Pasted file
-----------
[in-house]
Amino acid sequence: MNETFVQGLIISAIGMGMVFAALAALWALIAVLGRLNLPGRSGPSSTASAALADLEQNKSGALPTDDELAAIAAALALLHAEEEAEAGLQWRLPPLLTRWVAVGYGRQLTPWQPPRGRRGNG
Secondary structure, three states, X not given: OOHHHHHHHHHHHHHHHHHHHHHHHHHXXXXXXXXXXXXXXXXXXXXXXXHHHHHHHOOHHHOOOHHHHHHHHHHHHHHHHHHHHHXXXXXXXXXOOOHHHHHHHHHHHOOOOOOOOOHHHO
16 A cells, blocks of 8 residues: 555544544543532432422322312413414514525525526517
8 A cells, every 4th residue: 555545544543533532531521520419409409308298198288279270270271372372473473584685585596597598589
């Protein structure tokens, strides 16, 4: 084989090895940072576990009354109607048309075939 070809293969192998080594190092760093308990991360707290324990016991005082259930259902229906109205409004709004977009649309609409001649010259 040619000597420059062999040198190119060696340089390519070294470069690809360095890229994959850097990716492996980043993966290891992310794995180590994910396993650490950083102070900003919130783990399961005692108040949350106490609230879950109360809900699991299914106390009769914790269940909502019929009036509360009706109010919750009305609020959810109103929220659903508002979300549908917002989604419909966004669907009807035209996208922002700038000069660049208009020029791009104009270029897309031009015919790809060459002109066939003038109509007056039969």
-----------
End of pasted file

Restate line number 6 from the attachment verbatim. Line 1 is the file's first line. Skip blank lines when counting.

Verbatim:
């Protein structure tokens, strides 16, 4: 084989090895940072576990009354109607048309075939 070809293969192998080594190092760093308990991360707290324990016991005082259930259902229906109205409004709004977009649309609409001649010259 040619000597420059062999040198190119060696340089390519070294470069690809360095890229994959850097990716492996980043993966290891992310794995180590994910396993650490950083102070900003919130783990399961005692108040949350106490609230879950109360809900699991299914106390009769914790269940909502019929009036509360009706109010919750009305609020959810109103929220659903508002979300549908917002989604419909966004669907009807035209996208922002700038000069660049208009020029791009104009270029897309031009015919790809060459002109066939003038109509007056039969």